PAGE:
Asian American Poets: Vijay Seshadri

Vijay Seshadri was born in Bangalore, India in 1954. He came to America as a small child with his parents. He grew up in Columbus, Ohio but has lived and worked in many parts of the United States. In Oregon he worked as a commercial fisherman and a biologist for the National Marine Fish Service. He also drove a truck for a living while being in San Francisco and worked briefly as a logger before he came to New York City to study. Regarding education, he attended Oberlin College and after that Columbia University. In 2013 Vijay Seshadri won the Pulitzer Prize for poetry with his collection of poems “3 Sections”. He currently teaches at Sarah Lawrence College, and lives in Brooklyn, New York.

Seshadri’s poetry is largely based on his experience as an immigrant. The idea of being different is a motive that arises in his poetry as well as the need to make peace with it. He acknowledges that history with its weight, density and churning contradiction is inflected by his immigrant experience and the only way to make the peace is through poetry. In some of his poems Seshadri grapples with his complex inheritance, and in the struggle we see a sharp illumination, the ability to awaken from the nightmare of history. In his poetry he also represents a stand that only complicated ambiguous victories are worth having. A hard earned awakening is worth our while because of the hardship and chaos. Regarding the motive of awakening let us look at the poem ‘The Long Meadow’.

Image credits: - Nick Fewings

As one of his finest poems ‘The Long Meadow’ talks about an episode in Mahabharata which turns sharply and unexpectedly into a personal moment. The center theme of the poem is a dilemma between righteousness and enlightenment which one must surpass in order to awaken. Those that praised justice are thrown to the river of fire, and the main character finds only his enemy in heaven. Almost, as the point is to accept ourselves in the cosmic play and there is no winner, only those who are chosen to play and be blessed after acceptance. The personal moment shows the reality of the myth. We must surpass the misery and contradictions of history as well as everyday suffering to be born as blissful in our lack of being judgemental. We are alone in the dilemma and the only thing that keeps us company is our overprotective dog which unlike history and the world accepts our nature.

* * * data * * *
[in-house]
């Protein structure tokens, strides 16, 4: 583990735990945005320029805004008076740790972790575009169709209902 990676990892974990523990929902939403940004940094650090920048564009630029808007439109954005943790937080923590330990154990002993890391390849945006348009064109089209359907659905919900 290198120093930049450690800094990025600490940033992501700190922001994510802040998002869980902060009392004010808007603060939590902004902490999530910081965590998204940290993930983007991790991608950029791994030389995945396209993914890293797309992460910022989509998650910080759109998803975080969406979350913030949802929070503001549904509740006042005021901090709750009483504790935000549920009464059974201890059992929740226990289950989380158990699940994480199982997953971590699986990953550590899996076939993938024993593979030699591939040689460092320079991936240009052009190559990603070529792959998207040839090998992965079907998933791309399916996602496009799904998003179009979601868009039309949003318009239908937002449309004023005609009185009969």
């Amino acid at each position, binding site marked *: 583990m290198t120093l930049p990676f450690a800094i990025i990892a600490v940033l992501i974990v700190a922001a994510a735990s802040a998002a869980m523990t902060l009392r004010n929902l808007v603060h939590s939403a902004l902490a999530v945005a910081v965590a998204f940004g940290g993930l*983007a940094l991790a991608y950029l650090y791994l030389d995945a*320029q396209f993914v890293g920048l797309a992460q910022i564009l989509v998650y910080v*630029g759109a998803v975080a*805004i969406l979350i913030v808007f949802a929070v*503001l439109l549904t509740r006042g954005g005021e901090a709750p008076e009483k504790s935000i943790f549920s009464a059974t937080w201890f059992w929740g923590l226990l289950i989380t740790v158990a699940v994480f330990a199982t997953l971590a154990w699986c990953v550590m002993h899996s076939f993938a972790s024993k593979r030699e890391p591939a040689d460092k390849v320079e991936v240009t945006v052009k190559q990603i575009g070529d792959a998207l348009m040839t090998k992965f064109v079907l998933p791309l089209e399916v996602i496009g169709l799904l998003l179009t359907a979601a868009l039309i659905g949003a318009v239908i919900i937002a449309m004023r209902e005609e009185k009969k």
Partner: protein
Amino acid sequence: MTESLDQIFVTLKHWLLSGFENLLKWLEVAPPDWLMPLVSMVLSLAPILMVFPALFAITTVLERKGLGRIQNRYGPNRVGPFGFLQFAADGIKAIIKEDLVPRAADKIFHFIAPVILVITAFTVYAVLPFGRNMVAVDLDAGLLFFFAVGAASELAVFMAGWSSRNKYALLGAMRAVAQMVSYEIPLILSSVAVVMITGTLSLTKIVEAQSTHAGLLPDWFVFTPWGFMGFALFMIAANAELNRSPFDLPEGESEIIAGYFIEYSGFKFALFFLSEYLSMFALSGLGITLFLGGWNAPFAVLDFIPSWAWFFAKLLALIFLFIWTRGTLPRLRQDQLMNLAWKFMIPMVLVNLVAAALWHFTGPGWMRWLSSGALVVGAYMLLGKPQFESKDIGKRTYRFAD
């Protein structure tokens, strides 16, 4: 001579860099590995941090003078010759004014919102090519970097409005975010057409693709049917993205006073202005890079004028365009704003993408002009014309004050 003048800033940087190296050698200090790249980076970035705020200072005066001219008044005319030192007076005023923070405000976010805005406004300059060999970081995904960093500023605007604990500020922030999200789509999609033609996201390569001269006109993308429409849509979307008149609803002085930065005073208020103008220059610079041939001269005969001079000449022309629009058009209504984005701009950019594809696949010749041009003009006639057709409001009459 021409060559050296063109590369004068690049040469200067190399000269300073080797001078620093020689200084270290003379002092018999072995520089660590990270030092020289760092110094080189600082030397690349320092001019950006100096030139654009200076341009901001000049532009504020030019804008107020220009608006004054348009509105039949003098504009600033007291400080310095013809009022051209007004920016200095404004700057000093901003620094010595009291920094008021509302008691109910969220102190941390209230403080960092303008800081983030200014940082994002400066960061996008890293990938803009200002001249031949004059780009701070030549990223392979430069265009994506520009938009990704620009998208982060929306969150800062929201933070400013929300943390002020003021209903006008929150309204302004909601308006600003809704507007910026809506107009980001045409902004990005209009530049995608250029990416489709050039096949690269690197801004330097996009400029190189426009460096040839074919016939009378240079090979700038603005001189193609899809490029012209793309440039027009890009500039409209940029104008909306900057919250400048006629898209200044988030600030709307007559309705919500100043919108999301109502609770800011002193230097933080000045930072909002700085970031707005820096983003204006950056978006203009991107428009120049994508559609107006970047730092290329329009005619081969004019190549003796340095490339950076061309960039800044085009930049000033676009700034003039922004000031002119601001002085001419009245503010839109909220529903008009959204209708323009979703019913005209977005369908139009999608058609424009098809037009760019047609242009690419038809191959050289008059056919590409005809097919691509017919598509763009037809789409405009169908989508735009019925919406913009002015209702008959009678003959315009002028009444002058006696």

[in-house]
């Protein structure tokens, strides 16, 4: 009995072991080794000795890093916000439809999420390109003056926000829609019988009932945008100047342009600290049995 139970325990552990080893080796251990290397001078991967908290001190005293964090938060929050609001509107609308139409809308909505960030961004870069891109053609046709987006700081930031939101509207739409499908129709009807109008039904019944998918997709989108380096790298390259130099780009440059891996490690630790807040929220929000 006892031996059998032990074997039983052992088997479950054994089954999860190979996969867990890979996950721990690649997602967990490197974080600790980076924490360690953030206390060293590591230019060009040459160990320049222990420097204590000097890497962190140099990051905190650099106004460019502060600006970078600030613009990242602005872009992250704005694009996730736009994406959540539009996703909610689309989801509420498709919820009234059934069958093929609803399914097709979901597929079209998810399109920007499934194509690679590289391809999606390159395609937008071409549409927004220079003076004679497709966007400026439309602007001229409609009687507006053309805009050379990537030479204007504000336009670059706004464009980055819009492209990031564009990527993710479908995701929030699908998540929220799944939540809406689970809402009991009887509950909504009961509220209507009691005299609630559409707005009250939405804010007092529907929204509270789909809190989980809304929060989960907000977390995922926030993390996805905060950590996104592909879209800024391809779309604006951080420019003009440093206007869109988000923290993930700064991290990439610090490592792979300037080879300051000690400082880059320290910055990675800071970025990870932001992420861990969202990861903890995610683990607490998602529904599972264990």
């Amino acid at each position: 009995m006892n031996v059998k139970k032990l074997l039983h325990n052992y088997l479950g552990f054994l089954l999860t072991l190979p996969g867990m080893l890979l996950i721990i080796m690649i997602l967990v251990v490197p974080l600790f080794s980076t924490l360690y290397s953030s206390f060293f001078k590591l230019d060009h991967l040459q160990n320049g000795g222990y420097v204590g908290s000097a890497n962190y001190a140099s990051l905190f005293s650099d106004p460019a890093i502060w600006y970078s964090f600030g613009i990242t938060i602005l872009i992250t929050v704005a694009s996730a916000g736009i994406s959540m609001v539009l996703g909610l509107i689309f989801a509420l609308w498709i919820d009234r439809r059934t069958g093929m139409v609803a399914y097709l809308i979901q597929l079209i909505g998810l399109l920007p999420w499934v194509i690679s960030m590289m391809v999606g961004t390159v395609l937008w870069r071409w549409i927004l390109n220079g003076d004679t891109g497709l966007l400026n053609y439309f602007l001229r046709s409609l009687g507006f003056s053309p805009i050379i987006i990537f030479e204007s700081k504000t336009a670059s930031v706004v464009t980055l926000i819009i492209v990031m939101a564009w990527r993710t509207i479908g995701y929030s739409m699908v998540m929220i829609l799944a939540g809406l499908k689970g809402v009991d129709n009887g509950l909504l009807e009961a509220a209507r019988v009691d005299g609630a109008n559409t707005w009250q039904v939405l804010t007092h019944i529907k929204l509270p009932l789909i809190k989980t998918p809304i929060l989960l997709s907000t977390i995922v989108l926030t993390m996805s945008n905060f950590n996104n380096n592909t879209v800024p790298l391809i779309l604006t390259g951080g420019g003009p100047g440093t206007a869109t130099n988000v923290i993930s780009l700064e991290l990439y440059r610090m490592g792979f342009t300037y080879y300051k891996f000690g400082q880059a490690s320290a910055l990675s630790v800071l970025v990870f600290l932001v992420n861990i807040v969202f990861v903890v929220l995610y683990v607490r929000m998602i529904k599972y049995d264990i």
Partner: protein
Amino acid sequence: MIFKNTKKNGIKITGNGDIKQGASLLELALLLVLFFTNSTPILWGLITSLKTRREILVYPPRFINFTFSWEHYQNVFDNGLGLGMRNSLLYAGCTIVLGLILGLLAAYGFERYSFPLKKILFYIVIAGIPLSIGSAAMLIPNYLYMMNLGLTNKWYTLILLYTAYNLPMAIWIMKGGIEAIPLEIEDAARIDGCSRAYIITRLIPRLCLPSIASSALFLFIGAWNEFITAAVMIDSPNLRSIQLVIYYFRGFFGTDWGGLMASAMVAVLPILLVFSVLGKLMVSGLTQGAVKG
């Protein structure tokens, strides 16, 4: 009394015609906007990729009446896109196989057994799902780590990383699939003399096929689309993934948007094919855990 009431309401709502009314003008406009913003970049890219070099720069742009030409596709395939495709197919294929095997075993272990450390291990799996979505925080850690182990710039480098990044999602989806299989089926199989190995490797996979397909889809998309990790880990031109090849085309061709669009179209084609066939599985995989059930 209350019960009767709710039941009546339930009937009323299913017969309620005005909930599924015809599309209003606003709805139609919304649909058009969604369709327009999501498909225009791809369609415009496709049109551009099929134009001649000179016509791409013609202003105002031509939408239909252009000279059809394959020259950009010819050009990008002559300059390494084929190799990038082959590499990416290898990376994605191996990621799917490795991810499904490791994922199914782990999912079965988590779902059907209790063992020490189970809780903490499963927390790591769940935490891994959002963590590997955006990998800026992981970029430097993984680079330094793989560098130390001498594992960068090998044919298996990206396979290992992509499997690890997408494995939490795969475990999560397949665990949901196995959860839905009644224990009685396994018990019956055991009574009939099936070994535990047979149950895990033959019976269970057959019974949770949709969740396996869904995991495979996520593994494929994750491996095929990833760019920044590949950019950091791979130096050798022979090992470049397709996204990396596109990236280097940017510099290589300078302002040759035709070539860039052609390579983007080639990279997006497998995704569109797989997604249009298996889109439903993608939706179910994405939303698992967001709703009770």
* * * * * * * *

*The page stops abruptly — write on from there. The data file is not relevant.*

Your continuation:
In his interview with Jeet Thayil for Poets & Writers magazine he explains his own process of writing poems. There was a time when Seshadri actually just “willed” poems. He would see something beautiful in the world and said to himself that he would write about it. In that time he was mostly influenced by images. Later, it was necessary that the image would call forth a rhythmically alive phrase and that would help him write. The main condition that Seshadri points out to write poems is to have enthusiasm for poetry. Through the complexity of feelings and history, the need to awaken is given to us in Seshadri’s poetry. To surpass the dilemma is to be free of conditioning and of cause.

Written by: Mislav Zlomislić


Mislav Zlomislić is a digital marketing intern of PS Media Enterprise. He is a former student of Zagreb school of economics and management, Zagreb, Croatia


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Asian American Poets: Vijay Seshadri
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